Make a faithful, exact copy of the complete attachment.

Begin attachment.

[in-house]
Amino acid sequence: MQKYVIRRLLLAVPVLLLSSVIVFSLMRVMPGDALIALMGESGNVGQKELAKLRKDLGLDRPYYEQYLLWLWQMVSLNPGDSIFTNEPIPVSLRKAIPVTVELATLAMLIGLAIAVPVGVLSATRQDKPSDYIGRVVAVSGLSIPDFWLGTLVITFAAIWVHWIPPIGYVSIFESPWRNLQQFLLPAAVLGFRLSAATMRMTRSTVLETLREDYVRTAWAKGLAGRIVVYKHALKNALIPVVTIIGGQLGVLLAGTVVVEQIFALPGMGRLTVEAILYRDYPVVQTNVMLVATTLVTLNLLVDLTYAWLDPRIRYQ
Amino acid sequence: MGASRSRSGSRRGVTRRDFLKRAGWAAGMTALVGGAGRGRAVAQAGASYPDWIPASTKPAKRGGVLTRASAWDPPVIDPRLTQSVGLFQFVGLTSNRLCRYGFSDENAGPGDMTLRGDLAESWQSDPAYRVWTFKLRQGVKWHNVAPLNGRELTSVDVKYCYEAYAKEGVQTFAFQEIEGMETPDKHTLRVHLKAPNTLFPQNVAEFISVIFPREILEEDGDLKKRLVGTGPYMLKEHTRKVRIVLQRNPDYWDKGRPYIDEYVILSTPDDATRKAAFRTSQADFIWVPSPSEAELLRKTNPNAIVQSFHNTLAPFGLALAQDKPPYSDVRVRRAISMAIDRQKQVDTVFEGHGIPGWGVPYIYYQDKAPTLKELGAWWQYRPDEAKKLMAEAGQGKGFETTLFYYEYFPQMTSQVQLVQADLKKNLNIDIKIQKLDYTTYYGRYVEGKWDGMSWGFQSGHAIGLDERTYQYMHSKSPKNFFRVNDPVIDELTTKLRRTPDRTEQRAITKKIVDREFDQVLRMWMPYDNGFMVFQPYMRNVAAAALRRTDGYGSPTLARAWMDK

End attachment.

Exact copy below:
[in-house]
Amino acid sequence: MQKYVIRRLLLAVPVLLLSSVIVFSLMRVMPGDALIALMGESGNVGQKELAKLRKDLGLDRPYYEQYLLWLWQMVSLNPGDSIFTNEPIPVSLRKAIPVTVELATLAMLIGLAIAVPVGVLSATRQDKPSDYIGRVVAVSGLSIPDFWLGTLVITFAAIWVHWIPPIGYVSIFESPWRNLQQFLLPAAVLGFRLSAATMRMTRSTVLETLREDYVRTAWAKGLAGRIVVYKHALKNALIPVVTIIGGQLGVLLAGTVVVEQIFALPGMGRLTVEAILYRDYPVVQTNVMLVATTLVTLNLLVDLTYAWLDPRIRYQ
Amino acid sequence: MGASRSRSGSRRGVTRRDFLKRAGWAAGMTALVGGAGRGRAVAQAGASYPDWIPASTKPAKRGGVLTRASAWDPPVIDPRLTQSVGLFQFVGLTSNRLCRYGFSDENAGPGDMTLRGDLAESWQSDPAYRVWTFKLRQGVKWHNVAPLNGRELTSVDVKYCYEAYAKEGVQTFAFQEIEGMETPDKHTLRVHLKAPNTLFPQNVAEFISVIFPREILEEDGDLKKRLVGTGPYMLKEHTRKVRIVLQRNPDYWDKGRPYIDEYVILSTPDDATRKAAFRTSQADFIWVPSPSEAELLRKTNPNAIVQSFHNTLAPFGLALAQDKPPYSDVRVRRAISMAIDRQKQVDTVFEGHGIPGWGVPYIYYQDKAPTLKELGAWWQYRPDEAKKLMAEAGQGKGFETTLFYYEYFPQMTSQVQLVQADLKKNLNIDIKIQKLDYTTYYGRYVEGKWDGMSWGFQSGHAIGLDERTYQYMHSKSPKNFFRVNDPVIDELTTKLRRTPDRTEQRAITKKIVDREFDQVLRMWMPYDNGFMVFQPYMRNVAAAALRRTDGYGSPTLARAWMDK